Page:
Also introduced in 1993 was the mighty Diablo SE30, so-named in commemoration of the automaker’s 30th anniversary. Power jumped to 523 hp thanks to an updated fuel system, new exhaust, and intake manifolds. The VT trim was not an option here in the pursuit of weight savings; even the VT’s new adjustable suspension was left on the workshop shelf in favor of electronically adjustable anti-roll bars. The diet continued with fixed Plexiglas windows on Euro-market cars, along with the omittance of A/C, power steering, and the sound system.
Visually, the Diablo SE30 tweaked just about every aspect of the exterior design, including both front and rear fascias, rear decklid, spoiler, and bumpers. The most striking difference was the light purple metallic paint, a color officially known as Lambo Thirty. Yes, really. If the above asceticism wasn’t enough, a rare Jota package was available for the SE30, boosting power to 595 hp and 471 lb-ft and adding a neat-o roof-scoop that rendered the rear-view mirror legitimately useless.
The inevitable roadster variant arrived in 1995, offered only in VT configuration, and incorporated some of the SE30’s aesthetic changes. The carbon fiber targa roof was (surprisingly) electronically actuated, and stowed above the rear decklid when the driver opted to get his daily dose of vitamin D. On the opposite side of the Diablo range, the new base-level Diablo SV debuted that same year. The SV package bumped power to 510 hp and added an adjustable rear spoiler and slightly larger rear brakes.
The 1999 model year saw Lamborghini’s new owner, Audi, levy a significant refresh onto the Diablo. Headlights were now fixed—yes, pulled from the contemporary Nissan 300ZX—and the base non-SV Diablo was eliminated, making the SV the entry point. The interior received the largest rework, with a new steering wheel, gauges, and surfaces, while output from the 5.7-liter V-12 jumped to 529 hp and 446 lb-ft.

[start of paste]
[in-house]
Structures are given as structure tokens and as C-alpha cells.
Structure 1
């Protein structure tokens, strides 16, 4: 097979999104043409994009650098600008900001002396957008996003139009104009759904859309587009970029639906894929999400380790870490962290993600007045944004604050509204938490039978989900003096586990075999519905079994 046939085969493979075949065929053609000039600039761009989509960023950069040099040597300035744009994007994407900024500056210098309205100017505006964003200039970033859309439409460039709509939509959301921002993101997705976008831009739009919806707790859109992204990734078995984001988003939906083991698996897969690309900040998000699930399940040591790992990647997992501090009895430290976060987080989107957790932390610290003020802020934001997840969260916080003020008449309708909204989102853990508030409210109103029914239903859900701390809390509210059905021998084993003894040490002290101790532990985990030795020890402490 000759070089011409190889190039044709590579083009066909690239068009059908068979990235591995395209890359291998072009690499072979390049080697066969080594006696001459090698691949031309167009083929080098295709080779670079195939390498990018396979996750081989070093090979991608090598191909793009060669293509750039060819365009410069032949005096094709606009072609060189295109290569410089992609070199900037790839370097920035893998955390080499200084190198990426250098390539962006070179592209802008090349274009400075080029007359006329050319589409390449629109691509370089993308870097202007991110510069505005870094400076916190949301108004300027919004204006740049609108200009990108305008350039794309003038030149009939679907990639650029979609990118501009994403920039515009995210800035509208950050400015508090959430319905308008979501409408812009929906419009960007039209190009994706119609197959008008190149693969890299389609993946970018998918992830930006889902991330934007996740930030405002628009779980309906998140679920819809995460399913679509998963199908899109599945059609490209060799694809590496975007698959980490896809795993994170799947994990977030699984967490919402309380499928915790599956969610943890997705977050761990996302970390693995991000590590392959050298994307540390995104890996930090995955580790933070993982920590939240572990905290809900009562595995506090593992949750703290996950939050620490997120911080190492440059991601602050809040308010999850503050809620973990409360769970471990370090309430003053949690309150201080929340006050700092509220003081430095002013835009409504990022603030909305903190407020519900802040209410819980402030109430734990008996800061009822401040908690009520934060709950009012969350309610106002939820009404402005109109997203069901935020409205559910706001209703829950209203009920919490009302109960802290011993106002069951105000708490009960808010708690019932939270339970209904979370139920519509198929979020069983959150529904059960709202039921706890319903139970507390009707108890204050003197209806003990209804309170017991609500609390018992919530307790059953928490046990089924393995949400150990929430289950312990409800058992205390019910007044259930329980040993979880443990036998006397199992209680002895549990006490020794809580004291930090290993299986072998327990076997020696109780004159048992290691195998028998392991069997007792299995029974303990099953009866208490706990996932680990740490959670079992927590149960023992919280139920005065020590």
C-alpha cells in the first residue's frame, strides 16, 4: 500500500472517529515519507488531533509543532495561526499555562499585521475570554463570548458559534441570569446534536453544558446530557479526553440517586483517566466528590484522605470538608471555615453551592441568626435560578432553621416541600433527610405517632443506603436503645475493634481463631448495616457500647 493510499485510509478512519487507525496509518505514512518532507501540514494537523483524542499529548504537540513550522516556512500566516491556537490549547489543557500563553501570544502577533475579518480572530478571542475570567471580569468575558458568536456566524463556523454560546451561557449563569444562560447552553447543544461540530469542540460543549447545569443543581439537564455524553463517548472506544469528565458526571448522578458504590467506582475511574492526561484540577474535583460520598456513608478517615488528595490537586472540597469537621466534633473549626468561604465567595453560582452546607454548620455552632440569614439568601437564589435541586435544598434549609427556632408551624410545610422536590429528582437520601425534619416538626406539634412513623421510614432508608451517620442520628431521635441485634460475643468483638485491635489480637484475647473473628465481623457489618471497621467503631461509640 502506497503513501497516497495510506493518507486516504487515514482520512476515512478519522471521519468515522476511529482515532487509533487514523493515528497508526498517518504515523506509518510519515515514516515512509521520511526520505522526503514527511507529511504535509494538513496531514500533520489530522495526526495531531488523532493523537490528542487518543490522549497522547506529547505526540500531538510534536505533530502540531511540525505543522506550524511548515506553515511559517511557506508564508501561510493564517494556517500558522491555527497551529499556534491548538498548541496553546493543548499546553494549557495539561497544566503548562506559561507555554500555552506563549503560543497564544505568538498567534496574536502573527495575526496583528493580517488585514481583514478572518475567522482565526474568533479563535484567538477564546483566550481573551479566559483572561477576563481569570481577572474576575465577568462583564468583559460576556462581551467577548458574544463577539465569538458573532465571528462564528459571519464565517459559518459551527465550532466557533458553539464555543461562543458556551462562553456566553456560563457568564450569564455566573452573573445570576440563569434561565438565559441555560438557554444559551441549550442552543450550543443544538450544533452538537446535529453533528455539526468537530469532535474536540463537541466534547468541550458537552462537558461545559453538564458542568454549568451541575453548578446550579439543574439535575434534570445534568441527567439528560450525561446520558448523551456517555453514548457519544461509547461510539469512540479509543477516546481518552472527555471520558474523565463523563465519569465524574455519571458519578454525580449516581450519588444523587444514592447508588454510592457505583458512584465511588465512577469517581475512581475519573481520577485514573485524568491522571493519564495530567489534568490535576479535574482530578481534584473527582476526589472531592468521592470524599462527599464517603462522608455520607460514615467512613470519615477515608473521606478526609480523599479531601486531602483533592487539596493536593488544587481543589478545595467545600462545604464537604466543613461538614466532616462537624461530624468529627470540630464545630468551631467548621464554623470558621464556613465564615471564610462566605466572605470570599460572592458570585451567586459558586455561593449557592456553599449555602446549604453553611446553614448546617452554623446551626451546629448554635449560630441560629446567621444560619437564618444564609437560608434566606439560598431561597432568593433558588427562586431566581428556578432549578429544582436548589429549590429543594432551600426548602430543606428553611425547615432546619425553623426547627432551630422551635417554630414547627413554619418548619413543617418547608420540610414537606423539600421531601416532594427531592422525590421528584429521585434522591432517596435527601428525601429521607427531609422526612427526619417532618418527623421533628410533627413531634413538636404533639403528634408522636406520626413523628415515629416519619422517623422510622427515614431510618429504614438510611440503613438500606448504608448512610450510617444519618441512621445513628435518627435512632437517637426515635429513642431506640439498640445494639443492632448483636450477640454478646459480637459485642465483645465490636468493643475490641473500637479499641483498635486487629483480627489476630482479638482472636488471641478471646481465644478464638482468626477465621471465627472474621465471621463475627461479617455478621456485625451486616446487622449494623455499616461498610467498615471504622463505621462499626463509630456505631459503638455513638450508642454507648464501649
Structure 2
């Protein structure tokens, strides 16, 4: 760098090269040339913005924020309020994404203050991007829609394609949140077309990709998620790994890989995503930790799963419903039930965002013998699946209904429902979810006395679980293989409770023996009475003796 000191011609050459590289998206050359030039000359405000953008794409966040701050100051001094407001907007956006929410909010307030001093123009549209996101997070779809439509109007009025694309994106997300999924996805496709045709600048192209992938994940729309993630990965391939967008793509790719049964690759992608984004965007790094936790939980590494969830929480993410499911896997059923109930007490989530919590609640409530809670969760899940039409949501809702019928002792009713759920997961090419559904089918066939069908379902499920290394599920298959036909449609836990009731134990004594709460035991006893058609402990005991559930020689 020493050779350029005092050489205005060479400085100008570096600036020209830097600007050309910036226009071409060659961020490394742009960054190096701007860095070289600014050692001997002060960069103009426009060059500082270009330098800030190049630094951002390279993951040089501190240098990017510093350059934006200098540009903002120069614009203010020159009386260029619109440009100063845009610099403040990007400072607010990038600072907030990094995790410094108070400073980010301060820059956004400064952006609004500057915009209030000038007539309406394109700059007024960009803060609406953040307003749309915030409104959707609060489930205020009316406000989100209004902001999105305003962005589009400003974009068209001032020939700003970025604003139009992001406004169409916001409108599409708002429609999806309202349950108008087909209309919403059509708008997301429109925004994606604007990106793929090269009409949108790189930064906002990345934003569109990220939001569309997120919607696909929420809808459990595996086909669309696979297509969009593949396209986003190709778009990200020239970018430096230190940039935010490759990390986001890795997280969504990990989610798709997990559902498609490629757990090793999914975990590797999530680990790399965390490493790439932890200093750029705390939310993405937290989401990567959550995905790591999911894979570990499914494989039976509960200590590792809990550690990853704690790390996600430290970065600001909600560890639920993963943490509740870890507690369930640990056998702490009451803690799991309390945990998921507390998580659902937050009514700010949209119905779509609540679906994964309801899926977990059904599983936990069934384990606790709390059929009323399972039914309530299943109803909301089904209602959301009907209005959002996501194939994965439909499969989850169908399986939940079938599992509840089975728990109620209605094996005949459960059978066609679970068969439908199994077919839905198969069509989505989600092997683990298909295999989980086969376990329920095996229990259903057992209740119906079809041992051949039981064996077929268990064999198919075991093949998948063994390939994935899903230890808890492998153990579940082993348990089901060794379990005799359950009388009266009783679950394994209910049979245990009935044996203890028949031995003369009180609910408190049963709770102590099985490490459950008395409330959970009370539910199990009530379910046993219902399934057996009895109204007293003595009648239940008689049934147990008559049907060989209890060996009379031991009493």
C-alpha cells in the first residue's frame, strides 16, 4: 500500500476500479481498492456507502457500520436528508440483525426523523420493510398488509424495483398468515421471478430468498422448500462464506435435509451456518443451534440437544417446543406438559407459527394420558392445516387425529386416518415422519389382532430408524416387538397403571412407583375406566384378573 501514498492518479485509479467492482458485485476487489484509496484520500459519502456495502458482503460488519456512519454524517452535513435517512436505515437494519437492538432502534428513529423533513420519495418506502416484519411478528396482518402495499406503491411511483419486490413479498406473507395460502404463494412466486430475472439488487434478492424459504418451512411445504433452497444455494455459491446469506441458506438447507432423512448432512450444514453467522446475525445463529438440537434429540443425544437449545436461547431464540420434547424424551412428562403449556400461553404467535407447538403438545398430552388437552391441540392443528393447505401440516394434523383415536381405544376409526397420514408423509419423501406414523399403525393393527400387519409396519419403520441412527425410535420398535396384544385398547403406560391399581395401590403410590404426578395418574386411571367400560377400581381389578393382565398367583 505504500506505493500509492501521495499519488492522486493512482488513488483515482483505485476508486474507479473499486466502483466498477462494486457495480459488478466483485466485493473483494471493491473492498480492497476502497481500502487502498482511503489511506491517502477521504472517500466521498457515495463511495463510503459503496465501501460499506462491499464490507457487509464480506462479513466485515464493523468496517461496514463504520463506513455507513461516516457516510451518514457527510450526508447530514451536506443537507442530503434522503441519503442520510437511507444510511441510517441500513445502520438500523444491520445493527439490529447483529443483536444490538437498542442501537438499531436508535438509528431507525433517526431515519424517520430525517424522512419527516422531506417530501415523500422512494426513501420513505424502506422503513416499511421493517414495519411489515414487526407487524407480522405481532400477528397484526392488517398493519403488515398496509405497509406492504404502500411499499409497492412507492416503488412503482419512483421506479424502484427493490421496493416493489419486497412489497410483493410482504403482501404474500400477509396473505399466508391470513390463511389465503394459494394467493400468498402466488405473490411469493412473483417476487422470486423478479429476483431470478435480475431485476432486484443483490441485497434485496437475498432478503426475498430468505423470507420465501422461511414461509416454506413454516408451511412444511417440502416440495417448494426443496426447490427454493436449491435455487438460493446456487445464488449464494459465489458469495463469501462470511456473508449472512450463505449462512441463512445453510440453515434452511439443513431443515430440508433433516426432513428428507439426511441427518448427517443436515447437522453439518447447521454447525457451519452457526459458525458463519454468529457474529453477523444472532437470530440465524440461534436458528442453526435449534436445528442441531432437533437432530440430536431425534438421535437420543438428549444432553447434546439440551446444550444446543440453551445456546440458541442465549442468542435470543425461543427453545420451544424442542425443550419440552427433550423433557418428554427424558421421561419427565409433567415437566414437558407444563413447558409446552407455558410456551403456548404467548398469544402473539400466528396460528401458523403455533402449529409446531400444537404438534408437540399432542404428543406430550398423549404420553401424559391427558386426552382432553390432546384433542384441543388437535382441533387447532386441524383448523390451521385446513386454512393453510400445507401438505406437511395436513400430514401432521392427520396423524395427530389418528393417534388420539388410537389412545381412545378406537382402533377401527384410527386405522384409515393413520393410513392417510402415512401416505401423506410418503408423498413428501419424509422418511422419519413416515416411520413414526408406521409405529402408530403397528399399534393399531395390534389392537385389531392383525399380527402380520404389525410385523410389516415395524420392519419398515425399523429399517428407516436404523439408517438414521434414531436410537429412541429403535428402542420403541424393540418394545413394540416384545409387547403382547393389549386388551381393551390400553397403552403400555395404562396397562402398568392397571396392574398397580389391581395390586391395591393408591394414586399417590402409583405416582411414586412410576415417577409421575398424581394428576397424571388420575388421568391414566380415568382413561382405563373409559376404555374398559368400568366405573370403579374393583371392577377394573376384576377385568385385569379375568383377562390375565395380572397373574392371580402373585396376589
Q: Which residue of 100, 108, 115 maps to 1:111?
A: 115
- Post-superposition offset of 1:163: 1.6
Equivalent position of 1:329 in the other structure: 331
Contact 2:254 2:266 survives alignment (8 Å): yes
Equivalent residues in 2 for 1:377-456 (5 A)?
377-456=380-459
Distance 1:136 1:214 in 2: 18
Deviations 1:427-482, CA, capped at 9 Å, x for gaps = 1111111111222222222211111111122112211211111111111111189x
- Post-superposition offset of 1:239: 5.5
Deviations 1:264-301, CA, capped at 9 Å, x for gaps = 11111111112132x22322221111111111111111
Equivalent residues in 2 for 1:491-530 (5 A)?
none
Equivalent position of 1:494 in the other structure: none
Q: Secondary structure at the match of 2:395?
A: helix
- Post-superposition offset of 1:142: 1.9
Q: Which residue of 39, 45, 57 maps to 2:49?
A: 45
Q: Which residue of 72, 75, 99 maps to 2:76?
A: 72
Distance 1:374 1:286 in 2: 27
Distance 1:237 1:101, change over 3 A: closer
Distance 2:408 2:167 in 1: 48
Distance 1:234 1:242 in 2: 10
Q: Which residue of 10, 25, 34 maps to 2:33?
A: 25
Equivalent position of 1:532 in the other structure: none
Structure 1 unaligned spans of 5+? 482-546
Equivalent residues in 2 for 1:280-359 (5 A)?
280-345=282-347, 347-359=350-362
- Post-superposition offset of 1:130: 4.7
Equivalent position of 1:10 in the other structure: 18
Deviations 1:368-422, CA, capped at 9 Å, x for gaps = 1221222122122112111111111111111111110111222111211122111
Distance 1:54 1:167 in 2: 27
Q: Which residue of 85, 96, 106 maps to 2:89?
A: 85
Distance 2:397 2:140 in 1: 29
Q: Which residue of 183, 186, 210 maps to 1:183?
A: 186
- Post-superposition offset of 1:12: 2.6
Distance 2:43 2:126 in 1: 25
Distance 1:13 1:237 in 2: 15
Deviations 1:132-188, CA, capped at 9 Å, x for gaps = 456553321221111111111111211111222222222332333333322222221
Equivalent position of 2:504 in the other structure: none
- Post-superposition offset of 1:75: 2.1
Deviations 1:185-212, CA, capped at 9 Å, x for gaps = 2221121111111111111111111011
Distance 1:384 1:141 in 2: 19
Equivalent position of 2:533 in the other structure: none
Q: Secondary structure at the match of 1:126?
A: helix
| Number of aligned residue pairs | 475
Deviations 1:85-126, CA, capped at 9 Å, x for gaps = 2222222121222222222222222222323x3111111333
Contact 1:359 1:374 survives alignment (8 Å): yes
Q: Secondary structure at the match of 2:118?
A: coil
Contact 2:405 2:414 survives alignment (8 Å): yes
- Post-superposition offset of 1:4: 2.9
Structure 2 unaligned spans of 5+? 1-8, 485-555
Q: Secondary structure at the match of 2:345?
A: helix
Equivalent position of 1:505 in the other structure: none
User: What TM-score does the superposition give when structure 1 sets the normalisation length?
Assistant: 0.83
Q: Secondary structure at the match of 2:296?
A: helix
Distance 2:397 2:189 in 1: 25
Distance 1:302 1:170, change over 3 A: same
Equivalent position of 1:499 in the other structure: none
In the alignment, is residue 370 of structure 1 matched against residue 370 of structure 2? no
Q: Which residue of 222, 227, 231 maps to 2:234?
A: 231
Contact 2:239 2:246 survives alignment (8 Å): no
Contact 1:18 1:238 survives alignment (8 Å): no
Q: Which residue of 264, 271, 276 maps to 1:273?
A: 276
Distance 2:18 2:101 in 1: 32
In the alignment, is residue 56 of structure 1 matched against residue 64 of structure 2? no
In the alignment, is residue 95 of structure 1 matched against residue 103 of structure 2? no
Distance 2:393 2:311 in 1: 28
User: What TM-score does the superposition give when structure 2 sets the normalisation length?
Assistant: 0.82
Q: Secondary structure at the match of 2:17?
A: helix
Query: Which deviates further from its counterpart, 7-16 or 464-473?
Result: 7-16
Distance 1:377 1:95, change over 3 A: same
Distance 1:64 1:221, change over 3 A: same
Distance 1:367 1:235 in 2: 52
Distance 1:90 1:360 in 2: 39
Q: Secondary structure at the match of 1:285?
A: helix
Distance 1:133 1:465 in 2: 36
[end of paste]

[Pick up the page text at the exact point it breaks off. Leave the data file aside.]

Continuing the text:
With the Audi-designed Murcielago just over the horizon, the Diablo went out with a sizable bang. The 5.7-liter V-12 was enlarged to 6.0 liters for a special run of cars, starting with the incredibly track-focused 1999-2000 Diablo GT. Aside from oodles of functional aero and a set of nifty three-piece O.Z. wheels, the interior was stripped out with carbon-fiber trim, race seats, and a smaller diameter steering wheel. That new 6.0-liter screamed at 575 hp, and it sent all that grunt to the rear wheels through the same five-speed manual that’s stuck with the Diablo since day one. Only 80 were ever built, and most were sold overseas.
Less hardcore but no less exciting was the Diablo VT 6.0 and VT 6.0 SE produced between 2000 and 2001. Think of this as the middle ground between the regular VT and the GT, with an ever-so-slightly detuned version of the 6.0-liter, now rated at 549 hp for a top speed of a nice, clean 205 mph. Lambo plucked 40 of these VT 6.0s off the assembly floor for the SE, coating each in either metallic gold or bronze. SEs also got cool kit such as shorter gears, upgraded upholstery, “Lamborghini” script on the brake calipers, carbon-fiber trim, and a magnesium intake manifold.
Eleven years of Diablo production ended in 2001, making plenty of room for the stupendous and tremendously popular—for early 2000s Lamborghini, that is—Murcielago that arrived for the 2002 model year and set the standard for Audi’s Lamborghini going forward. As important as the Murcielago is for the marque, we love the Diablo—all 2,884 of them. We’ll take an early-build car, in black, with a red interior. Call us when it’s out front.